Southpaw Slinger: How Tua Tagovailoa is Defying the Odds as the first Left-Handed QB in Years

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Allen Eyestone via Imagn Content Services, LLC

Miami Dolphins quarterback Tua Tagovailoa (1) heads onto the field at Hard Rock Stadium in Miami Gardens, November 15, 2020. (ALLEN EYESTONE / THE PALM BEACH POST)

Mateo Arenas, staff writer

   In the game of American Football, the quarterback is the centerpiece of the team. The quarterback is the most recognizable, the most famous, and the most highly paid position in all of sports.
   Interestingly enough, the position has been largely dominated by right-handed athletes. In the history of the NFL, there had only been 32 left-handed QBs that had taken an NFL snap. Rookie 1st Round Draft Pick, Tua Tagovailoa, became the 33rd when he debuted late in the Dolphins Week 6 win against the Jets.
   “Being born left-handed is very rare, as only 10% of people are born left-handed. Due to this, many left-handed people shy away from a position that is predominantly held by righties. Tagovailoa is showing the youth that being left-handed should not be seen as a disadvantage,” said Dylan Gonzales, a football fanatic who attends Fresno State.
   Since the Week 6 game where Tua only threw 2 passes in garbage time, Tagovailoa has taken the NFL by storm after being named the Starter for the Miami Dolphins in Week 7. The Dolphins have won 3 straight games with Tua at the helm, leading the Dolphins to a 6-3 record, already surpassing their win total from just a year ago.
   “Tua or the southpaw slinger, a name befitting a lefty QB with so much promise, really has a chance to reshape the narrative of what a ‘traditional quarterback’ is, seeing that being a lefty at his position is very rare. Just as Lamar Jackson and Pat Mahomes have changed the status quo, I feel that lefty ball players could be encouraged to pursue their dreams of leading an offense as they watch Tua succeed. Being a southpaw myself, that’d certainly put a smile on my face,” proclaimed Dylan Freeman (11), a lefty himself and avid football fan.
  With that, the question arises, why have there been so few lefty QBs at the highest level of football? It seems to all boil down to be the stereotype as to what is seen as the “Prototypical Quarterback”, the strong armed, righty, pocket passers that have been the norm in the history of football.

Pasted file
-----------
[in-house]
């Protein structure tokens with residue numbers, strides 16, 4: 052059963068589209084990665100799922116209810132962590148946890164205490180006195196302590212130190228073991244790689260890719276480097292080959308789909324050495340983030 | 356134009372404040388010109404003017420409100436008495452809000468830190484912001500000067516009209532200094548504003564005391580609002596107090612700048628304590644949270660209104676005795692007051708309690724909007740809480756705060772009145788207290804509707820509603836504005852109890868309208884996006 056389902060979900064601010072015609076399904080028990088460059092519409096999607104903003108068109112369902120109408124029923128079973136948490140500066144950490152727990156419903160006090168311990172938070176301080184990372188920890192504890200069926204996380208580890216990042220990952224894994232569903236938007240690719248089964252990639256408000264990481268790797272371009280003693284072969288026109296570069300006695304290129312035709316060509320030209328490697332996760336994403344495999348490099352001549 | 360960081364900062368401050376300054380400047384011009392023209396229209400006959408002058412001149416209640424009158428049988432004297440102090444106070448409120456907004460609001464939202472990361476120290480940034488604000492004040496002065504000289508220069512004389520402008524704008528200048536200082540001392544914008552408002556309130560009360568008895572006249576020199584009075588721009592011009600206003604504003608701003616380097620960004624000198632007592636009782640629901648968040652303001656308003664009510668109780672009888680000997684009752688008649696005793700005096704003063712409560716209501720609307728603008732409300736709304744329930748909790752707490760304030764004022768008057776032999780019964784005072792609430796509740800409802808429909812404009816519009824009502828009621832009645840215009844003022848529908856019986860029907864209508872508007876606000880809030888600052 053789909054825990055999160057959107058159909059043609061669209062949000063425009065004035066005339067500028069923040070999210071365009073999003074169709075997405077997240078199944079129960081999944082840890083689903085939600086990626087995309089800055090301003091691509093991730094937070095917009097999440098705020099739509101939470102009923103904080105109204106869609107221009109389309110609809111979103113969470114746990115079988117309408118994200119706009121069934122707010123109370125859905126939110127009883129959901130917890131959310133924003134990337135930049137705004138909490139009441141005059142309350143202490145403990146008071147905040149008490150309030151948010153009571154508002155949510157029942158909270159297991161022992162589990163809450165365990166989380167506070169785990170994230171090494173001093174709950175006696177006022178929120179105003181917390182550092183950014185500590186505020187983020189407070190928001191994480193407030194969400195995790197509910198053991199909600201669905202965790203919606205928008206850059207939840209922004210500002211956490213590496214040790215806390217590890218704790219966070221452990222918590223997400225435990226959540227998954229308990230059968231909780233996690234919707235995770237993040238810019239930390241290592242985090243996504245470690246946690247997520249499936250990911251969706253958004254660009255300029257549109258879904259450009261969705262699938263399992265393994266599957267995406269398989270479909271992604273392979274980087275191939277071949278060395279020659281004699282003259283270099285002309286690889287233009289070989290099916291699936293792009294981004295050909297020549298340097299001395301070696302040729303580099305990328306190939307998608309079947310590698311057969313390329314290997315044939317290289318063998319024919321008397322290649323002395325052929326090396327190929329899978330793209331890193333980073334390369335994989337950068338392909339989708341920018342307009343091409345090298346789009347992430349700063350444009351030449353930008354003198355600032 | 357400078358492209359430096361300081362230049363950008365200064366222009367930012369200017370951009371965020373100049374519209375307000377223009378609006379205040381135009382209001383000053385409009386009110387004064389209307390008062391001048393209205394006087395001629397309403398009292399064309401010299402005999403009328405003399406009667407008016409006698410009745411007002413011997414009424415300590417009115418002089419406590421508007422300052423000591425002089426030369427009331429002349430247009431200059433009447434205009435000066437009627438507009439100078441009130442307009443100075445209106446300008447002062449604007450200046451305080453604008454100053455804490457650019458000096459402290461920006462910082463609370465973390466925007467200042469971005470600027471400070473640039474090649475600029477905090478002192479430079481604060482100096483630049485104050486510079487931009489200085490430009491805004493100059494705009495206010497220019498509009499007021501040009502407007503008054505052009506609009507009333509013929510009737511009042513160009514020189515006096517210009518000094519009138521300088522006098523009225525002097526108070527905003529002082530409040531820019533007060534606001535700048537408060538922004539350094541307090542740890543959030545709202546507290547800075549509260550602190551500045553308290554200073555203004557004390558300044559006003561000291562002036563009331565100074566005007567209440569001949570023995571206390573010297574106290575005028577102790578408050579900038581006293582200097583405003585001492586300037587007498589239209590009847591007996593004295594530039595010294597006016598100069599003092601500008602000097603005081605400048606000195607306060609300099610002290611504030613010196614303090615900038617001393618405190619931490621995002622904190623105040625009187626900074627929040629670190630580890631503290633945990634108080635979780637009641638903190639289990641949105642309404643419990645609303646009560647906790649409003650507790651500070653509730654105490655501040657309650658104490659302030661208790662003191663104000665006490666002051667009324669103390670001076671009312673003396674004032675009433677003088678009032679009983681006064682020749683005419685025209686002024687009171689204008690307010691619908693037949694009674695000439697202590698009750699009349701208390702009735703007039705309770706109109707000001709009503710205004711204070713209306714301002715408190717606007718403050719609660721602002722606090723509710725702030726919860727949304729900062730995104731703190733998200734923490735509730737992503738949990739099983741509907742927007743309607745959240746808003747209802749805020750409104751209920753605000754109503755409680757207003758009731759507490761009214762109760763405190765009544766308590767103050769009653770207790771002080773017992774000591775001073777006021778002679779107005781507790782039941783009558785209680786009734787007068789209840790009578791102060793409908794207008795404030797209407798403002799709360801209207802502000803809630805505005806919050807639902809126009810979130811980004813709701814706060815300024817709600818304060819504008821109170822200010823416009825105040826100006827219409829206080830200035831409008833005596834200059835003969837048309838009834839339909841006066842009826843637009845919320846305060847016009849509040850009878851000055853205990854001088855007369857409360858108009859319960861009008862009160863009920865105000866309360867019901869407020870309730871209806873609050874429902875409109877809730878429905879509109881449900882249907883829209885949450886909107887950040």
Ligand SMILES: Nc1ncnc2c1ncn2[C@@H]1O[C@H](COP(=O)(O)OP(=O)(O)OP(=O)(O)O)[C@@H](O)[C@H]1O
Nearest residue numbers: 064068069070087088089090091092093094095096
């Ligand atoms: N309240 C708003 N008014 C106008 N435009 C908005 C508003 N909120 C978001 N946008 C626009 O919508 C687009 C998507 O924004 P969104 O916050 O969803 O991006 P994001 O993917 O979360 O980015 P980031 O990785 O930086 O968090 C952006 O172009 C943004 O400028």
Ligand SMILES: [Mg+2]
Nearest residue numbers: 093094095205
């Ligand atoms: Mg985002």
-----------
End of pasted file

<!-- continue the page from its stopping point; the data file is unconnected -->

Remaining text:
Steve Young is widely known as the greatest left-handed quarterback in NFL history, but because of this notion of the “prototypical quarterback”, fans almost never saw Young throw a single pass. As a freshman at BYU, Youngs’ Offensive Coordinator Doug Scovil refused to coach a quarterback that was left handed, prompting Young to be forced to move to safety. Young wouldn’t have ever had a shot if Scovil hadn’t left BYU to become the Head Coach at San Diego State, letting Young have the opportunity to break back into the QB room. Steve Young would go on to be a Super Bowl Champion and one of the greatest quarterbacks of all time, while Scovil finished his career with a 45–51–3 record as a head coach.
   Tua became the first left-handed quarterback to start a NFL game since 2016 in his Week 8 victory over the Rams. Tagovailoa’s breakout brings hope that more young athletes will be less discouraged to try their hand at the illustrious position.
   “I think someone like Tua can change the standard even more and make lefty QBs even more of the norm. When a lefty QB starts to do well, it can encourage more and more lefties to play QB and carry down the same path. It’s too early to tell, but Tua can definitely have a far-reaching impact on the game,” explained Donald Coletta, a sports buff who has been impressed by Tua’s play in his young career.
   As the unlikely star, a left-handed quarterback from Ewa Beach, Hawaii, Tua Tagovailoa will look to continue to defy the odds and lead his Dolphins to their first playoff appearance in 4 years this season. Hopefully for the sport, his biggest win will be to inspire a generation of left-handed quarterbacks to chase their dreams, and one day lineup under center like Tua.